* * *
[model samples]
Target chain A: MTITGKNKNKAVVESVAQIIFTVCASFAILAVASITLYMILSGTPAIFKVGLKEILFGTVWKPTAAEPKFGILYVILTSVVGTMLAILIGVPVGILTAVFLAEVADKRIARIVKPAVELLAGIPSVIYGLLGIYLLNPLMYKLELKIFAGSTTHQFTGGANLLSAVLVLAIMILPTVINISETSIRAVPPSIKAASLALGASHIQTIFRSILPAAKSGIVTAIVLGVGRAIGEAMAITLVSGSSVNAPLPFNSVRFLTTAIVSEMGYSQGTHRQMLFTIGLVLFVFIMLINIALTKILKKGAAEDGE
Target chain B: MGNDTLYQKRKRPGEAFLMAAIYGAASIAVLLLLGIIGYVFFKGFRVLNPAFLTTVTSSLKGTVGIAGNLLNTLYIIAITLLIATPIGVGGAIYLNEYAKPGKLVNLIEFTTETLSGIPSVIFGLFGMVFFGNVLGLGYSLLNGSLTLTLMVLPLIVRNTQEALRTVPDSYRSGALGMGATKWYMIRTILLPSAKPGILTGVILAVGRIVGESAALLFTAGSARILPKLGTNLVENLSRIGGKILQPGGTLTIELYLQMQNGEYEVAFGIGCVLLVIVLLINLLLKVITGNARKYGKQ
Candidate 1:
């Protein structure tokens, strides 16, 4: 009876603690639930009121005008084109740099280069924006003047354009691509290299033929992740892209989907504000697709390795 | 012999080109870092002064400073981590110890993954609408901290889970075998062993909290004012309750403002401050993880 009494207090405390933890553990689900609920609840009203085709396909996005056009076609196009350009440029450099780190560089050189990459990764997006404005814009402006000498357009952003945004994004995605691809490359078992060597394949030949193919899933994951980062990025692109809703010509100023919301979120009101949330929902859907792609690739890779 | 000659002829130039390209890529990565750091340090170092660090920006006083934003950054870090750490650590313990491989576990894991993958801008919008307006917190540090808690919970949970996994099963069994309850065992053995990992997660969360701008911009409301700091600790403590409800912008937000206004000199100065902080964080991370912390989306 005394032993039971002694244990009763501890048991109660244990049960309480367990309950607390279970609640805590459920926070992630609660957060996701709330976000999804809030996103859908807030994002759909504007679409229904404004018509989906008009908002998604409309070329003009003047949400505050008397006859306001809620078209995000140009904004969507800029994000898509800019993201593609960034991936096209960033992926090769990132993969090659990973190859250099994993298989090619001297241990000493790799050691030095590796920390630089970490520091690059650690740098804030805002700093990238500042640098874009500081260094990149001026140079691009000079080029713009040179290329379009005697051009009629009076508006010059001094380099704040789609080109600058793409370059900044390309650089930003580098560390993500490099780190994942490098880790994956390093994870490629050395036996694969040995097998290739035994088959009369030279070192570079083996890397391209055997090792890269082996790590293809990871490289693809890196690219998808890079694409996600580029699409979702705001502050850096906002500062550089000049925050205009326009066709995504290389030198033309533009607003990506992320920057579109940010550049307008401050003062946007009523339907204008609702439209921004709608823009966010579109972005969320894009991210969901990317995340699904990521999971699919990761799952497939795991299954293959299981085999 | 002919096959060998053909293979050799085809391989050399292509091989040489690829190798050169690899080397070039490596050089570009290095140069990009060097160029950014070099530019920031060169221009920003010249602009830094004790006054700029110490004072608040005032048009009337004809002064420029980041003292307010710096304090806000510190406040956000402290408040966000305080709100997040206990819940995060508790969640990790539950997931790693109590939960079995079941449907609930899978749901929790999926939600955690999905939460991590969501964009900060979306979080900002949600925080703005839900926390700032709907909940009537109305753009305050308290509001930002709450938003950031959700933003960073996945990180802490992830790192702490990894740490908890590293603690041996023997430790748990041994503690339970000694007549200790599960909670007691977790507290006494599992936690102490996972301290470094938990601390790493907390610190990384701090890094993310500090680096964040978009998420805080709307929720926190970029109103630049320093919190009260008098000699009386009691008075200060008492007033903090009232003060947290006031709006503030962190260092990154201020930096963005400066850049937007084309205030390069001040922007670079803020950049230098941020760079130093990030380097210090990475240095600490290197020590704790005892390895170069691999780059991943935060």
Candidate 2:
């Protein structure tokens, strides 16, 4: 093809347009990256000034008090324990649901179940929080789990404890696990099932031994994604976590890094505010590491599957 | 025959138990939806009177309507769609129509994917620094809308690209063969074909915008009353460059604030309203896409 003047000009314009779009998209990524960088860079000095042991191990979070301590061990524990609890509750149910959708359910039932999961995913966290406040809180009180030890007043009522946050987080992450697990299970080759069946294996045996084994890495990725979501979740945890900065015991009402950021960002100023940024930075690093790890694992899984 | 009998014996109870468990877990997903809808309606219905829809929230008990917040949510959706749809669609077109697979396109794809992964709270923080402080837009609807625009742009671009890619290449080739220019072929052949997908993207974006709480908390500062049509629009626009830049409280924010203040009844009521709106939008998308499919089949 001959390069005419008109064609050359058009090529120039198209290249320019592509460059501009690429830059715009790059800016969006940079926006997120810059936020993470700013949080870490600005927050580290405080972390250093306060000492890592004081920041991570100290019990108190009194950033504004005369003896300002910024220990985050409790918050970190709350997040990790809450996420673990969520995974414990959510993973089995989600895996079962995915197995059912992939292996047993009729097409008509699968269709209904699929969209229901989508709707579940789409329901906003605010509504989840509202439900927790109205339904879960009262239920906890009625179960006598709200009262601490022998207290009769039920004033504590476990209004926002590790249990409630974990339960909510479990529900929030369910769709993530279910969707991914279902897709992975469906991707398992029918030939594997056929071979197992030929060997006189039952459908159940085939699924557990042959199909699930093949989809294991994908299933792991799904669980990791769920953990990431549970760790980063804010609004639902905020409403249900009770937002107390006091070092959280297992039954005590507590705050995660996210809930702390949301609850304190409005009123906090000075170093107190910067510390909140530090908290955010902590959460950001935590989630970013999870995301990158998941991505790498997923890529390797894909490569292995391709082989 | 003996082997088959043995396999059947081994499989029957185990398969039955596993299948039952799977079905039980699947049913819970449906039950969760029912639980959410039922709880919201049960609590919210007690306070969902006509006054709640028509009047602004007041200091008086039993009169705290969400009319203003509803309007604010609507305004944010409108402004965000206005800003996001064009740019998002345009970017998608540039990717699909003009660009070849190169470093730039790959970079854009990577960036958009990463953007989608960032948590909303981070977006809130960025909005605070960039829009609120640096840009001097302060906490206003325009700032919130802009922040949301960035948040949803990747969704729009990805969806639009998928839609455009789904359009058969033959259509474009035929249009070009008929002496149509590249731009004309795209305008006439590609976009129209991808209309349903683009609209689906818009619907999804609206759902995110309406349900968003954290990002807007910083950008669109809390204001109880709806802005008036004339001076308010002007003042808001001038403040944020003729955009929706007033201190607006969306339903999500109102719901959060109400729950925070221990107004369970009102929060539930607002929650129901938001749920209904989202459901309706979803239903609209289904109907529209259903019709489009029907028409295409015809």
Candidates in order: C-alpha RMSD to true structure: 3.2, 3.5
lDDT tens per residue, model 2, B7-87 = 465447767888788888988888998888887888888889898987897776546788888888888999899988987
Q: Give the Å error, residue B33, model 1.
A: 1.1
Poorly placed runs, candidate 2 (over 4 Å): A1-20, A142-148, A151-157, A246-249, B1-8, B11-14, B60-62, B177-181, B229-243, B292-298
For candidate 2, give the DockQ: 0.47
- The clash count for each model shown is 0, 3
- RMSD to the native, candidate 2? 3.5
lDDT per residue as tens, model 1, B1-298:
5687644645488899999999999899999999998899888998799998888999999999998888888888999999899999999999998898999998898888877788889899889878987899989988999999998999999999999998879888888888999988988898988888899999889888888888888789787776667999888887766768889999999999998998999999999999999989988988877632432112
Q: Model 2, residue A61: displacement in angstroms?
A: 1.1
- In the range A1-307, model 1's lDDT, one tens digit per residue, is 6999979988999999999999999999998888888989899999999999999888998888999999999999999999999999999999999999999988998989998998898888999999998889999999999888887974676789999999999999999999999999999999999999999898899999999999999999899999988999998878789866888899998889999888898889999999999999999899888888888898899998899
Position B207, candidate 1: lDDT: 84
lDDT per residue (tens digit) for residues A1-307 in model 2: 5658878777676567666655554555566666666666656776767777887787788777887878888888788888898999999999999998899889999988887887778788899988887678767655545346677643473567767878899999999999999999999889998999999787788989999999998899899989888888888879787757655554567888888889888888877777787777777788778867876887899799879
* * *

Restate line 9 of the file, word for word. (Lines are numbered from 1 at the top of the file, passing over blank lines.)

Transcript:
lDDT tens per residue, model 2, B7-87 = 465447767888788888988888998888887888888889898987897776546788888888888999899988987